Photo: Sheila Burnett

One of the few constants in this world is that it always seems to be changing. That’s certainly the case at Leeds’ West Yorkshire Playhouse this June where the Transform season will mark a complete departure from the ‘normal’ workings of the theatre. According to Associate Producer Amy Letman, Transform’s Curators Alan Lane and Kully Thiarai are creating “the first line in a conversation”, inspired by the changing nature of the theatre experience and the shifting boundaries of what it means to be a spectator. Everyone’s invited to join the discussion.

The big idea is to bring together new audiences and a wonderfully diverse and eclectic selection of artists to challenge how we relate to performance. The programme looks enticing, boasting pieces as different as The Soldier’s Song, an intimate screen karaoke encounter; 21 Writers, showcasing three-minute shorts from new writers who have taken the Playhouse’s free five-week course; and Open House, a piece that will be developed over a week in a collaboration between theatre-goers and a team of theatre-makers headed by Chris Goode. Letman promises there’ll be a real mix of pieces, from both established hands such as Goode and younger, less experienced theatre-makers.

It’s not only the nature of performance that will find itself all shook up. Installation artist Shanaz Gulzar is colonising the front of house space in Steamline 21, an intriguing mix of Steampunk (described in the programme as science-fiction inspired by Victorian technology) and Art Deco. She’s creating a setting in WYP’s café and bar for the grand finale, Smoke and Mirrors, a modern cabaret evening which will bring Transform to an exuberant close on the 18th of June. Including magic from Tim Sutton, performances from burlesque dancers The Wau Wau Sisters, Flick Ferdinando’s dark comedy Horse and surprise acts to be announced on the night, this “sexy, splendid and ever so slightly scandalous” finale sounds like a suitably unusual end to a season of change. Fancy dress is actively encouraged.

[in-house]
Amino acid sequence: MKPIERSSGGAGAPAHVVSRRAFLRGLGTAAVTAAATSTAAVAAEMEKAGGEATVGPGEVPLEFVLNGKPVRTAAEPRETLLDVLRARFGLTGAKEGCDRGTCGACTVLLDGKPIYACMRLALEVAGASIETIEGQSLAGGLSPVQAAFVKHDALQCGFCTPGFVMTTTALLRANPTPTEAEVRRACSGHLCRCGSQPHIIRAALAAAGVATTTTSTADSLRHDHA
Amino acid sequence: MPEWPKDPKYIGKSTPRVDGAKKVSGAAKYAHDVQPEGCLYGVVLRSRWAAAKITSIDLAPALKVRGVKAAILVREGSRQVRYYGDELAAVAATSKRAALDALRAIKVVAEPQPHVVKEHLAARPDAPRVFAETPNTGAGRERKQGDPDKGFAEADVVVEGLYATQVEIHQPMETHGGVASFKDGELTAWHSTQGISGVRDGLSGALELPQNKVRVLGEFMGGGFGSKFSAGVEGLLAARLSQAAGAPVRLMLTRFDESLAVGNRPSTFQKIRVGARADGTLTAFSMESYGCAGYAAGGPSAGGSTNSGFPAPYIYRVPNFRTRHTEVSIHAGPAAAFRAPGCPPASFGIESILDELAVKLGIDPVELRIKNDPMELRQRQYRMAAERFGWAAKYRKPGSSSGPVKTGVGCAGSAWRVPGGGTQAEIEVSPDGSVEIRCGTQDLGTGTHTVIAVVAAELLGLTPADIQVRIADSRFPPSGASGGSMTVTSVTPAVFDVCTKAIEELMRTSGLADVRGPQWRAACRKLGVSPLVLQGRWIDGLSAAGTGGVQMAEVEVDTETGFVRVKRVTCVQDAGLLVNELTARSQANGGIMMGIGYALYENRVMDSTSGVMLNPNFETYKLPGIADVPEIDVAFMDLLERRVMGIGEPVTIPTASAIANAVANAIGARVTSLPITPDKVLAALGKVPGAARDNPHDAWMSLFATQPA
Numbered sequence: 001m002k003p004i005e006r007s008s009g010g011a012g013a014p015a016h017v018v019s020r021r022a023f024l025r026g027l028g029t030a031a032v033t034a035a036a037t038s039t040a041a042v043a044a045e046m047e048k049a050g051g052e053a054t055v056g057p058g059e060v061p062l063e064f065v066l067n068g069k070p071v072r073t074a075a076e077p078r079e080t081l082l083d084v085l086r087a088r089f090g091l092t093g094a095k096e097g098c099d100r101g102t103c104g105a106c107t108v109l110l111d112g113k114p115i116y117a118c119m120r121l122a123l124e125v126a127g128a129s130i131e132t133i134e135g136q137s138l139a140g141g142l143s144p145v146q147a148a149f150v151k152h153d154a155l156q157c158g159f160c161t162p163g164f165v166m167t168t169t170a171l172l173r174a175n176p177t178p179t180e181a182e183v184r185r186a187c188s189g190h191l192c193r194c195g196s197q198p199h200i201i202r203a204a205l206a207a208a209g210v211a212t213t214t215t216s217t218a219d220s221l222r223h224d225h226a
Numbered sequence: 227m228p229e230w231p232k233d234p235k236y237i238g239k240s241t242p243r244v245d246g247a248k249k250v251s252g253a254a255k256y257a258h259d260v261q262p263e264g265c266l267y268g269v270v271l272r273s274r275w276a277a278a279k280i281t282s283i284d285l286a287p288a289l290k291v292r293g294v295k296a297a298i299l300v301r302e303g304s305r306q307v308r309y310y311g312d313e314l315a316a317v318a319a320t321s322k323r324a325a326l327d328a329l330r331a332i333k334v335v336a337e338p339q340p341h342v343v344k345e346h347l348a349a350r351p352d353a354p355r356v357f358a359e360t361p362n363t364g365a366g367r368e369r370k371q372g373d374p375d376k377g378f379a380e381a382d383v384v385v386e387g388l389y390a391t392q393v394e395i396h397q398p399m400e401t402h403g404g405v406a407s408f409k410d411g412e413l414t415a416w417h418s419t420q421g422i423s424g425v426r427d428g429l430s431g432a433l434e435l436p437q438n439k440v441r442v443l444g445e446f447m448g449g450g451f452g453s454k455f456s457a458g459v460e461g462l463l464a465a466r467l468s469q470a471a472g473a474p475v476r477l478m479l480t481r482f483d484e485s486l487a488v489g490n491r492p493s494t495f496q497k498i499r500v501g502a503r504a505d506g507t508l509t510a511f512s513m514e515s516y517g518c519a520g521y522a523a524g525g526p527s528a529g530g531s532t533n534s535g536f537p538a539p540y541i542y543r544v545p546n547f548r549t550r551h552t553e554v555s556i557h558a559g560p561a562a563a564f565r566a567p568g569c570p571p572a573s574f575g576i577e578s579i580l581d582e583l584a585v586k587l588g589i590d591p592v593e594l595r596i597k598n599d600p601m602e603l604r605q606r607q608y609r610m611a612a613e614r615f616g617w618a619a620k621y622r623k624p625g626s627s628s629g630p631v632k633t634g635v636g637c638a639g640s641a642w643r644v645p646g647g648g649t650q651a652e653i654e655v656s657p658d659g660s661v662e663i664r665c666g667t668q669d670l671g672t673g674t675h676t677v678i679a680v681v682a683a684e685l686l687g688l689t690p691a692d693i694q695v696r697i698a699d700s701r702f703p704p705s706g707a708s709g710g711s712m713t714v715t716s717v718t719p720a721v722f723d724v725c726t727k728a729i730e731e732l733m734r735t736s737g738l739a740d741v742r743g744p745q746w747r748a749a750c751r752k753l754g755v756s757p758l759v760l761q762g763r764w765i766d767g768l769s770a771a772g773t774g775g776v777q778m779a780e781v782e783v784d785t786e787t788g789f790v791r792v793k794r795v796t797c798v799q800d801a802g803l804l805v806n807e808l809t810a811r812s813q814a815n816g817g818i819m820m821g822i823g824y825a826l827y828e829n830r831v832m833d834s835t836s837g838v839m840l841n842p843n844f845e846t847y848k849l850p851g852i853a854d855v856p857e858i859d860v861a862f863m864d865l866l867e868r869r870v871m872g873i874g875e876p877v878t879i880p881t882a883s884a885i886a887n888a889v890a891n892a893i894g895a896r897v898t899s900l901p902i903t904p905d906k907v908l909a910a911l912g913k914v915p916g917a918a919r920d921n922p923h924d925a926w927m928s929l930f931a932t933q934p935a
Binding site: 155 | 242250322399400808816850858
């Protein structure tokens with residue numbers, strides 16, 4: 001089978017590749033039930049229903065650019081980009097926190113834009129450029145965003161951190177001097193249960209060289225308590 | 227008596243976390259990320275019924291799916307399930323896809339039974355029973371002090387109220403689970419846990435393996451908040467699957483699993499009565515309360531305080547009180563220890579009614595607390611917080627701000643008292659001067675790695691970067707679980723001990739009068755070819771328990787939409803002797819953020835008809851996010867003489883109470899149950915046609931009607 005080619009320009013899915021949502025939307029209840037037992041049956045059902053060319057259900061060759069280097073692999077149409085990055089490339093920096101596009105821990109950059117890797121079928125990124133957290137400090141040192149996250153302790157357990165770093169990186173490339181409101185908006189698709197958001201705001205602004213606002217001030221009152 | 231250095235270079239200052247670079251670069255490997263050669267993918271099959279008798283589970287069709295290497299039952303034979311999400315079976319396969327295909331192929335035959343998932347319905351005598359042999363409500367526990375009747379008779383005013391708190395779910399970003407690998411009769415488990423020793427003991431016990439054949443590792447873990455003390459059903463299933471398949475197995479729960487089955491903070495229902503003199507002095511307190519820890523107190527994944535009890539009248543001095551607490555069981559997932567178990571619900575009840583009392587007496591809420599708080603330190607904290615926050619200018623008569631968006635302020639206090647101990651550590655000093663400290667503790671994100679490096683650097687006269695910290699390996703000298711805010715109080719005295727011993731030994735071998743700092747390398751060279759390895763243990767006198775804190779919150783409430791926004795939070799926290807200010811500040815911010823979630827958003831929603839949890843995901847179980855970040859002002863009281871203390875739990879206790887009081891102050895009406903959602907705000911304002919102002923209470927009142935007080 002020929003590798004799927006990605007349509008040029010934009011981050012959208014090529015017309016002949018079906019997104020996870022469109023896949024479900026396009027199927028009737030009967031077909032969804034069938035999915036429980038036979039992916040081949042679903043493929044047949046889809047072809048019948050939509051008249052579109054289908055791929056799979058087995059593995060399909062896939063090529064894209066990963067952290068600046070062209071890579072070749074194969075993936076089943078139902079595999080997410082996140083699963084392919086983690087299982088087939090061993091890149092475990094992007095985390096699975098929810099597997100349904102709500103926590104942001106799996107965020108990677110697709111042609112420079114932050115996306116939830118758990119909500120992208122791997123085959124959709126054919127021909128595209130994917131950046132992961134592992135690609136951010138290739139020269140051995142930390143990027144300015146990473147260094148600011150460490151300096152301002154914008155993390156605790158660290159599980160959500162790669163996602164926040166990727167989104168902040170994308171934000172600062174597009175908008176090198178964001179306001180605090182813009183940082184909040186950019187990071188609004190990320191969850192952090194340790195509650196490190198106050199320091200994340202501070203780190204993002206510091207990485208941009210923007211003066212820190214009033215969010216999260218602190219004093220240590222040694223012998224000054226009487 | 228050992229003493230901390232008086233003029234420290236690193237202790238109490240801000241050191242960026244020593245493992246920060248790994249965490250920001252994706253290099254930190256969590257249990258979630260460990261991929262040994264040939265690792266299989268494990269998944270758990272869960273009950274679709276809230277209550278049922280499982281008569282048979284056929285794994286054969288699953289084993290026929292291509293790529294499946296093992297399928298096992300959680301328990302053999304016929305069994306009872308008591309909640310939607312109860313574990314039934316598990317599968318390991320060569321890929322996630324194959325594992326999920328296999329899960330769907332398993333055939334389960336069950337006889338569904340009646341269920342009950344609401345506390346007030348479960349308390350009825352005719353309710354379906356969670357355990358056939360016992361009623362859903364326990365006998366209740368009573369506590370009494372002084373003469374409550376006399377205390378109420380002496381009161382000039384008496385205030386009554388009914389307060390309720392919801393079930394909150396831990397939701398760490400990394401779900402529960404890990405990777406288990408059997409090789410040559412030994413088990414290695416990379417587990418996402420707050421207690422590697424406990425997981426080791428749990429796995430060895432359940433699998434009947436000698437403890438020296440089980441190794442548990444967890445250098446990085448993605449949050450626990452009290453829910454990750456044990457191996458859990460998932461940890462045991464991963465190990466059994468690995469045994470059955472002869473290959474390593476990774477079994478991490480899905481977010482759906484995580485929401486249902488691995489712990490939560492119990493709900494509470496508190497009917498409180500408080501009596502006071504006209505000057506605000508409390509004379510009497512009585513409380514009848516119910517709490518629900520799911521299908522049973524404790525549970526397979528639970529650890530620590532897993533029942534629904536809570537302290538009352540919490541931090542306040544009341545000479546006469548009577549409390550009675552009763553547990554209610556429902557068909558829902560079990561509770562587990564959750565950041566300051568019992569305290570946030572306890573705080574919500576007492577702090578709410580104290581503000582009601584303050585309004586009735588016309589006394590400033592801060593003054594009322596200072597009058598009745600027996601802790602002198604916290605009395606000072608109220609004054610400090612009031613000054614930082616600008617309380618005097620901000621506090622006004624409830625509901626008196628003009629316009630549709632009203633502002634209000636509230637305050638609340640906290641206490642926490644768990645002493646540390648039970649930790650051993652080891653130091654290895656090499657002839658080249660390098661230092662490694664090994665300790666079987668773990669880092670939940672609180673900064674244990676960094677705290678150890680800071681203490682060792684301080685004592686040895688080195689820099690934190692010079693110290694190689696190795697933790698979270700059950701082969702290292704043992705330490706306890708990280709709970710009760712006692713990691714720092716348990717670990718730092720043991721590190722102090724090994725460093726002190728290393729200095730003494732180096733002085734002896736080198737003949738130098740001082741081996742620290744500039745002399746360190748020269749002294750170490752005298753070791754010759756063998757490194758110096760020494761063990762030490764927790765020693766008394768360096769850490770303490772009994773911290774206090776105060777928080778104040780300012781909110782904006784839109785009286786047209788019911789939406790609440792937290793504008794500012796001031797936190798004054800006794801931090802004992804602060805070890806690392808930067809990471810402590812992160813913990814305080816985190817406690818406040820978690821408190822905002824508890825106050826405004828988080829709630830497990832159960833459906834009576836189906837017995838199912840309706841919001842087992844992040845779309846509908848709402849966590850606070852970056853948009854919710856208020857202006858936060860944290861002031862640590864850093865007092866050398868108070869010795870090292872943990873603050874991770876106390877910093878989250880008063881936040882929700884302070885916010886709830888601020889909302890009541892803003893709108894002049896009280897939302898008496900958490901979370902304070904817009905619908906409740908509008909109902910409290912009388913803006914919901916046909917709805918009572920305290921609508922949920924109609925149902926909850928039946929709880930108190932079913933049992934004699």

Transform is going to be big on interactive theatre. The idea is that you buy a wristband and this gets you a whole day out at the theatre –  a WYP “experience day”. Opportunities range from adding your thoughts to The Book of Politics, which will then be sent to ‘the powers that be’; to a one-on-one live music performance in the world’s smallest venue, Folk in a Box; and Story Map: What I Heard About the World which invites theatre-goers to help “map the entire world, alphabetically, in a day”. On the 11th of June participation goes global with A Midsummer Night’s Stream. The events at WYP will be shared live through Pilot Theatre’s online streaming channel, allowing anyone, wherever they are, to get involved and interact.

There are plenty of opportunities to get involved in performance, too. Geraldine Pilgrim, Artistic Director of Corridor, is seeking “anybody that likes to dance – or just move” for Handbag, which will set the people of Leeds jiving around their bags. And Peepolykus is creating a different science-inspired piece each day for The Ionian Enchantment, performed, directed and written by anyone who is game enough to have a go. Interested individuals just have to send in a CV and are invited to attend a free workshop led by Stephen Canny, BBC Four’s Comedy Executive.

There’s a real youthful vibe to Transform. There is a sense that something is really happening here, something new and different for the Playhouse, something which feels genuinely exciting. Plus it seems Transform is just the beginning for innovation at West Yorkshire Playhouse. Set to launch in October, Leeds Furnace will see the Playhouse working with up-coming and mid-career theatre creators to launch new pieces, perhaps marking the continuation of the conversation Transform has started.

It’s certainly a necessary conversation. The arts are changing; what it means to be an audience is shifting. Going to the theatre is no longer just about taking your seat and passively observing, nor should it be. Transform promises to investigate what it is we actually want from a performance, how we can change the very nature of theatre. It’s a noble and worthy proposal, focusing on issues that really matter, and it will be interesting to see just what the ensuing discussions reveal.

The Transform season runs from the 6th to the 18th June at West Yorkshire Playhouse in Leeds. Wristbands cost £15 (£10 concessions).

Main Image: Bourgeois & Maurice by Tom Jef